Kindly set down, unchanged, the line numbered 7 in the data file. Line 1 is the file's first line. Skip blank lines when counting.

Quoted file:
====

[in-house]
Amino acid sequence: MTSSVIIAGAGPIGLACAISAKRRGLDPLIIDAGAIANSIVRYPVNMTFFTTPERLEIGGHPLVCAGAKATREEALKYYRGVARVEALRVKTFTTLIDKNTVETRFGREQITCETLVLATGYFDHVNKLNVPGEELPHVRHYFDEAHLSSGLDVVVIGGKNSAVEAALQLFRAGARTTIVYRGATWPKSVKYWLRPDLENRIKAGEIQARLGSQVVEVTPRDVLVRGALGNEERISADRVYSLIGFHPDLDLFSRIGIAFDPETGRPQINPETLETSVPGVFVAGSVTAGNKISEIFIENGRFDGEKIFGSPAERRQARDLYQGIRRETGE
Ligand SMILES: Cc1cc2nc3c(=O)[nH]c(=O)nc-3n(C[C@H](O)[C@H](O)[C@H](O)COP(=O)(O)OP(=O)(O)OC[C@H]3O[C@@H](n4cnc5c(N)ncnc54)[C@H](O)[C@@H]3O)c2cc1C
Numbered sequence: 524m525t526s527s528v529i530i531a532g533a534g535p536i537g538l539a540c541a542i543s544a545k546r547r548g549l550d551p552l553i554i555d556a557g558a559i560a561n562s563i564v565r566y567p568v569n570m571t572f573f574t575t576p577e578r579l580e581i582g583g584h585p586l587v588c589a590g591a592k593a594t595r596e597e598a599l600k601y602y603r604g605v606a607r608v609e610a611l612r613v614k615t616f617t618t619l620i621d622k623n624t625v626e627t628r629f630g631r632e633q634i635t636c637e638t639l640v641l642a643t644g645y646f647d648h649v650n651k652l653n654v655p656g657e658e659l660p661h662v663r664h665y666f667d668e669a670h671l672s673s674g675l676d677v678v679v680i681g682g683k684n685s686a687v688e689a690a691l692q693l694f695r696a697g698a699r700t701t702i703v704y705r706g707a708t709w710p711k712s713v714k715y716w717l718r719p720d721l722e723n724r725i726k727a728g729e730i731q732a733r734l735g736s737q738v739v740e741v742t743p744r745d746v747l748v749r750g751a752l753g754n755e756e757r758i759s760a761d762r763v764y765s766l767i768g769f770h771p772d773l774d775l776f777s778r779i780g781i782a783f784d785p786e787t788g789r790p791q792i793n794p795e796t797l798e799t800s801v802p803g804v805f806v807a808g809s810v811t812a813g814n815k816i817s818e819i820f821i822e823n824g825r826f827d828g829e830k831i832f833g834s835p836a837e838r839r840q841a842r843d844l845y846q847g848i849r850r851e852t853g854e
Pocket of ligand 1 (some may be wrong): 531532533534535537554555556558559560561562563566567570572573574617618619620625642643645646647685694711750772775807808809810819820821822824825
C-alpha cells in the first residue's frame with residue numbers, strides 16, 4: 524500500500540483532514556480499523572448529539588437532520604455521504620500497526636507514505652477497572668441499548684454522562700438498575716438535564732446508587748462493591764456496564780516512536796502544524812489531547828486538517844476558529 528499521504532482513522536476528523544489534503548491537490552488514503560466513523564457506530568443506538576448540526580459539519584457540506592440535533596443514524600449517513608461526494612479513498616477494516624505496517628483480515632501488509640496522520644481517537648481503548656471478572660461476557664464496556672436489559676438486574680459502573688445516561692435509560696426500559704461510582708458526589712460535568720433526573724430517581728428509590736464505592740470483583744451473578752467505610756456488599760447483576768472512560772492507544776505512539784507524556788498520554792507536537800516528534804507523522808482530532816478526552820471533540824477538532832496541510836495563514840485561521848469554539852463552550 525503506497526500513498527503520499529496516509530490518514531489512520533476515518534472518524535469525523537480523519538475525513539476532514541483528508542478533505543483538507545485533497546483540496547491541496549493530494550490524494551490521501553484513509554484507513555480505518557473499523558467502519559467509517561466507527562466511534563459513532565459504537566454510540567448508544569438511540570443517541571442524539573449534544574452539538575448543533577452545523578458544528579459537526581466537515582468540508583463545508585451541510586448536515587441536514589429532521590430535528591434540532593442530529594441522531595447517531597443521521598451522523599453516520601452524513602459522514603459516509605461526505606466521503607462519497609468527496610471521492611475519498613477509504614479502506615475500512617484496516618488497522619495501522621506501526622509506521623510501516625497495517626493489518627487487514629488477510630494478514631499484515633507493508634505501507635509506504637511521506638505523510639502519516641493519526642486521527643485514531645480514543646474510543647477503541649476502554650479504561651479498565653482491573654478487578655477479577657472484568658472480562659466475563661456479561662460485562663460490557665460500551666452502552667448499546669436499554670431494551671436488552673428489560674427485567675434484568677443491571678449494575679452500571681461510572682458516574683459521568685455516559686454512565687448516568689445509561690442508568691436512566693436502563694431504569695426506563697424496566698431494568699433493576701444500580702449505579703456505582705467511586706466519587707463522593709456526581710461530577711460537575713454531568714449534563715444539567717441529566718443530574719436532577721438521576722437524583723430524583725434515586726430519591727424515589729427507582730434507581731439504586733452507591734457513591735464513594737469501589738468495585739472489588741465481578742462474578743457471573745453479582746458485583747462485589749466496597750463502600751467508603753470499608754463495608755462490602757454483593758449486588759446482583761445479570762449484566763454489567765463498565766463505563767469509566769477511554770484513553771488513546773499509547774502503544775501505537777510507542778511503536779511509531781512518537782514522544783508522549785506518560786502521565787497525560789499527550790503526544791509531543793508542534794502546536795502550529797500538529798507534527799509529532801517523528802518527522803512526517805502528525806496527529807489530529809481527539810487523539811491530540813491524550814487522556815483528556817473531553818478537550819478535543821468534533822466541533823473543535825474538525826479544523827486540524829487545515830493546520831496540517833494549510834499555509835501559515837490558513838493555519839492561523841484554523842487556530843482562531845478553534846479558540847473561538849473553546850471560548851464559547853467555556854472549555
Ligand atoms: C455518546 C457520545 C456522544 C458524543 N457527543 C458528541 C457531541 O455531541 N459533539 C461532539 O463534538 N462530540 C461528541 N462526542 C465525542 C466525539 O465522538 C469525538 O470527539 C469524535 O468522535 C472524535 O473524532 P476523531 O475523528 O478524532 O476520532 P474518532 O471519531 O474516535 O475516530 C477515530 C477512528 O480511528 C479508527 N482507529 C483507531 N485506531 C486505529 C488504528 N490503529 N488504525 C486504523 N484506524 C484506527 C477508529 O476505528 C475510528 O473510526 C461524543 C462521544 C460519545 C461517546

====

Ligand atoms: C455518546 C457520545 C456522544 C458524543 N457527543 C458528541 C457531541 O455531541 N459533539 C461532539 O463534538 N462530540 C461528541 N462526542 C465525542 C466525539 O465522538 C469525538 O470527539 C469524535 O468522535 C472524535 O473524532 P476523531 O475523528 O478524532 O476520532 P474518532 O471519531 O474516535 O475516530 C477515530 C477512528 O480511528 C479508527 N482507529 C483507531 N485506531 C486505529 C488504528 N490503529 N488504525 C486504523 N484506524 C484506527 C477508529 O476505528 C475510528 O473510526 C461524543 C462521544 C460519545 C461517546